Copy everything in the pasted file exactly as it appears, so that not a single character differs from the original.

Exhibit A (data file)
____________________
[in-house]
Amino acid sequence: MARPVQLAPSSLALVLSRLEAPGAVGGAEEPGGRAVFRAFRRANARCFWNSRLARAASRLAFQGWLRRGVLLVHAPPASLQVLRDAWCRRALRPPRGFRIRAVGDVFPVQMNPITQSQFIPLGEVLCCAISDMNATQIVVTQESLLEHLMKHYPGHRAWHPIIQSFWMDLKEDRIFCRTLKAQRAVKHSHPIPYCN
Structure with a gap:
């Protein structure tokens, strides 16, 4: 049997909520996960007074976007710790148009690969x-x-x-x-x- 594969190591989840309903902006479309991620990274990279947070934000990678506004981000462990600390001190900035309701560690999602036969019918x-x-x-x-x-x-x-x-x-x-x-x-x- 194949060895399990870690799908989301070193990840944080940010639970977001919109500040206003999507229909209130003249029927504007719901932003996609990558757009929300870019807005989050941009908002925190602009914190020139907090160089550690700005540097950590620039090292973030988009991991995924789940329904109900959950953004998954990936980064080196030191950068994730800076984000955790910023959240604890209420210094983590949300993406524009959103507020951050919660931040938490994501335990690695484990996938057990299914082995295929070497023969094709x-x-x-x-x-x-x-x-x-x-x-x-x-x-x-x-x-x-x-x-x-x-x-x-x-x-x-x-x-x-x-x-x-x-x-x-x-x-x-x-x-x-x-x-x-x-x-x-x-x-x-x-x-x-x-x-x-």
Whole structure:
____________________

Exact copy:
[in-house]
Amino acid sequence: MARPVQLAPSSLALVLSRLEAPGAVGGAEEPGGRAVFRAFRRANARCFWNSRLARAASRLAFQGWLRRGVLLVHAPPASLQVLRDAWCRRALRPPRGFRIRAVGDVFPVQMNPITQSQFIPLGEVLCCAISDMNATQIVVTQESLLEHLMKHYPGHRAWHPIIQSFWMDLKEDRIFCRTLKAQRAVKHSHPIPYCN
Structure with a gap:
């Protein structure tokens, strides 16, 4: 049997909520996960007074976007710790148009690969x-x-x-x-x- 594969190591989840309903902006479309991620990274990279947070934000990678506004981000462990600390001190900035309701560690999602036969019918x-x-x-x-x-x-x-x-x-x-x-x-x- 194949060895399990870690799908989301070193990840944080940010639970977001919109500040206003999507229909209130003249029927504007719901932003996609990558757009929300870019807005989050941009908002925190602009914190020139907090160089550690700005540097950590620039090292973030988009991991995924789940329904109900959950953004998954990936980064080196030191950068994730800076984000955790910023959240604890209420210094983590949300993406524009959103507020951050919660931040938490994501335990690695484990996938057990299914082995295929070497023969094709x-x-x-x-x-x-x-x-x-x-x-x-x-x-x-x-x-x-x-x-x-x-x-x-x-x-x-x-x-x-x-x-x-x-x-x-x-x-x-x-x-x-x-x-x-x-x-x-x-x-x-x-x-x-x-x-x-």
Whole structure: